Norsesmithy wrote:If you are interested in a .50 BMG upper for an AR-15, the Safety Harbor SHF R50, the Ligamec Ultralight 50, and the Watson Weapons "The Boss" all get good reviews, though reloading the Watson Weapons upper takes a million years, because you have to push your take down pin and screw the bolt out of the back of the upper, place a cartridge in the bolt, and screw it back in.


Or the Zel Custom
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Re: Large caliber AR uppers

Postby Seismic Sam on Mon Nov 15, 2010 6:08 pm

My 50AE brass is 10 years old and is still fine. You'll go broke buying bullets, powder, and primers before you have to buy more brass. Straight walled brass like this lasts for a very long time.

And to be a PITA, take a good look at that bloodstain in front of the chair, because if you reload without reading the whole manual rather than asking questions in here to save time, that could be YOUR blood on the concrete. Reloading is no EFFEN joke. You screw up, you pay in blood. This guy screwed up a different way, but using a mallet to close the breech is NO different than reloading without taking the time to know exactly what your are doing.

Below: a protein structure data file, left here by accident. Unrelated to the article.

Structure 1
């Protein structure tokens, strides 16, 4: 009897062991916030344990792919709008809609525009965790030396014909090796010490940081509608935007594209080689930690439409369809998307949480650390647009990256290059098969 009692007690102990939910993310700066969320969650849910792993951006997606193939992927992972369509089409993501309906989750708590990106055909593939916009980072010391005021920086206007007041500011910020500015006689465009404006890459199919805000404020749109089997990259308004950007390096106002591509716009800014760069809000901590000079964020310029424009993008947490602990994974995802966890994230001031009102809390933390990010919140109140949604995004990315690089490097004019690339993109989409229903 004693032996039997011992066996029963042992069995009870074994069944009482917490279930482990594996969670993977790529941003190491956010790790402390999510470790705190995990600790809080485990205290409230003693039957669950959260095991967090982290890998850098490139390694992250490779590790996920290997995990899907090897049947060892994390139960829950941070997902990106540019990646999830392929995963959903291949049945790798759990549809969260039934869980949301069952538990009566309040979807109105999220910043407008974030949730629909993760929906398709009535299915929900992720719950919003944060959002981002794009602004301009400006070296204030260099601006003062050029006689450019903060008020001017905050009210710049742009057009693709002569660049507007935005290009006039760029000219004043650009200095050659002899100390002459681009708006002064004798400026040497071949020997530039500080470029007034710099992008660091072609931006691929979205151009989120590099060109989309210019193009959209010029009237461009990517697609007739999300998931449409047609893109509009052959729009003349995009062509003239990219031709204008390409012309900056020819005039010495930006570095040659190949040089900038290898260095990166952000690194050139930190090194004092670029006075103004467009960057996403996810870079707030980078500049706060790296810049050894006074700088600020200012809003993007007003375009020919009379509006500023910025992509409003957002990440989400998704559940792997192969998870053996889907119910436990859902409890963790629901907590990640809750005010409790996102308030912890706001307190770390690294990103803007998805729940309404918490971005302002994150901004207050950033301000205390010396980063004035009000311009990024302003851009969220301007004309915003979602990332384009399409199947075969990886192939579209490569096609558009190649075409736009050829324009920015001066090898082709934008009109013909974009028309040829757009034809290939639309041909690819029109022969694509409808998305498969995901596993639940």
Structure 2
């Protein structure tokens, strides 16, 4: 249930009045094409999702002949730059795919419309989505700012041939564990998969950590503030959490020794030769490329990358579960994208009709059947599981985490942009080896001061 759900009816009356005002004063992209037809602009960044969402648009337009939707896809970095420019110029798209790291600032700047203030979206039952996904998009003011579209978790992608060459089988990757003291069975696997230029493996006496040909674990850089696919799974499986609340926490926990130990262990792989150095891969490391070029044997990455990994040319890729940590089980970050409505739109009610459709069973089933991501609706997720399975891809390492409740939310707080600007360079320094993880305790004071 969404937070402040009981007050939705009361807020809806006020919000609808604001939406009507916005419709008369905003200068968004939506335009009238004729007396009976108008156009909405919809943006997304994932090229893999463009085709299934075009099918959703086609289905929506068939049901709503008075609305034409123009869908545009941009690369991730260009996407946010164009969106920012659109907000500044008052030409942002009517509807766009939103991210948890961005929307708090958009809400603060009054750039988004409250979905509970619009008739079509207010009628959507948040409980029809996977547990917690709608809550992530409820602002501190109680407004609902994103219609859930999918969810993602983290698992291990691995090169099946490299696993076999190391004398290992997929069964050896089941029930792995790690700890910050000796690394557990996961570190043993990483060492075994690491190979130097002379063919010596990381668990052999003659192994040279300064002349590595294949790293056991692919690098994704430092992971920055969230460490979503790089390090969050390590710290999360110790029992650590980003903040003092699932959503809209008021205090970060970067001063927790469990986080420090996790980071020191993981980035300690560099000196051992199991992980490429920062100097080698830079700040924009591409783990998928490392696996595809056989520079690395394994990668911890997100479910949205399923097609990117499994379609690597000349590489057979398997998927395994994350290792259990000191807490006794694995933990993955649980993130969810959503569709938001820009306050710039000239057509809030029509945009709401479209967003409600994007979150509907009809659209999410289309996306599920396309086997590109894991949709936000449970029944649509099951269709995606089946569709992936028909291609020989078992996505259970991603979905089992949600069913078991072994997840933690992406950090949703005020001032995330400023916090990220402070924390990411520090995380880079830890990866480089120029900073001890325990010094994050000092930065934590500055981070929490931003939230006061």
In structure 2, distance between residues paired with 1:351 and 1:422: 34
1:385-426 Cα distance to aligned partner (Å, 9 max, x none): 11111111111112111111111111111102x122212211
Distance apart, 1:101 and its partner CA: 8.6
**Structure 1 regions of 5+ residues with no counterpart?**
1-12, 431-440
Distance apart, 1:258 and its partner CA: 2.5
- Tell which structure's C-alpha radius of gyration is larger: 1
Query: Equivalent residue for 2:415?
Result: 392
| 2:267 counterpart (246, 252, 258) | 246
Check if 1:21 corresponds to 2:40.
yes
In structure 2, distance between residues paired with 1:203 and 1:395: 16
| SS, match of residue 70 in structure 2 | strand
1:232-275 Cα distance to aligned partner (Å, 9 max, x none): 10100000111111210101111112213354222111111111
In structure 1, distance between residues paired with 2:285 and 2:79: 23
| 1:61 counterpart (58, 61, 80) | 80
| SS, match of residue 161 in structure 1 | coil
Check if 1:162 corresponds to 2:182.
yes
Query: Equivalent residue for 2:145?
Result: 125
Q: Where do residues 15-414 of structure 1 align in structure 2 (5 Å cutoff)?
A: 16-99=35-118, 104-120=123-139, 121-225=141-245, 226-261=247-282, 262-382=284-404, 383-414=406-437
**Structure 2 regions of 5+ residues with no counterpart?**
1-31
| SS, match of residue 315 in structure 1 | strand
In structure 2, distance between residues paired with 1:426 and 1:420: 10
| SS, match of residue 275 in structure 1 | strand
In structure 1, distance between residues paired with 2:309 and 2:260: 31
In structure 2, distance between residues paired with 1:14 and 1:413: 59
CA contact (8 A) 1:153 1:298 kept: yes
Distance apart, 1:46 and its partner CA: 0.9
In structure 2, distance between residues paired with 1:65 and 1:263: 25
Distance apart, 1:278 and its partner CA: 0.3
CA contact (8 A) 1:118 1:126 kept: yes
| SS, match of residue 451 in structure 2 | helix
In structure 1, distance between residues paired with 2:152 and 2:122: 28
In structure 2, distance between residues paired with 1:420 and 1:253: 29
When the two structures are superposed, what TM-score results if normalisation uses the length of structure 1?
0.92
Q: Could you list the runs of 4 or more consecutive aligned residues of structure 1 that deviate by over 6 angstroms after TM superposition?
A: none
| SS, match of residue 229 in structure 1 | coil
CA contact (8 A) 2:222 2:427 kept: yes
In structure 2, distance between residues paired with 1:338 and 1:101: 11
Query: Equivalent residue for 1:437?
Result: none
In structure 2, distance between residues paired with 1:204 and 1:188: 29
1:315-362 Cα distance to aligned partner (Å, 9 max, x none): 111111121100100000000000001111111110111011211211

Rant over.
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Re: Large caliber AR uppers

Postby sochr000 on Tue Nov 16, 2010 12:42 am

Seismic Sam wrote:Rant over.


LIES!
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Re: Large caliber AR uppers

Postby gyrfalcon on Tue Nov 16, 2010 1:03 am

I'm still trying to figure out how the 50 Beowulf can be proprietary... Is the .45 GAP proprietary too? It seems crazy to me that any rifle/pistol caliber could be proprietary.
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Re: Large caliber AR uppers

Postby Seismic Sam on Tue Nov 16, 2010 10:15 am

gyrfalcon wrote:I'm still trying to figure out how the 50 Beowulf can be proprietary... Is the .45 GAP proprietary too? It seems crazy to me that any rifle/pistol caliber could be proprietary.


Very easy to do. Obtain a design patent (which is much simpler than a normal patent filing...) for the case dimensions and you're good to go.

It should be noted that this is a double edged sword, because if you're the only person/company who can supply the brass or ammo, you're limiting the market and also the popularity of the cartridge. If you're Alex Zimmerman at Guncrafter Industries, being the sole supplier of 50 GI ammo is not a big deal.

If you're the Strum Ruger company, limiting the supply of 204 Ruger brass would have been the stupidest financial decision they could have made. IIRC, it's also the case that to get a caliber certified with SAAMI, you have to agree to release the caliber to the public domain.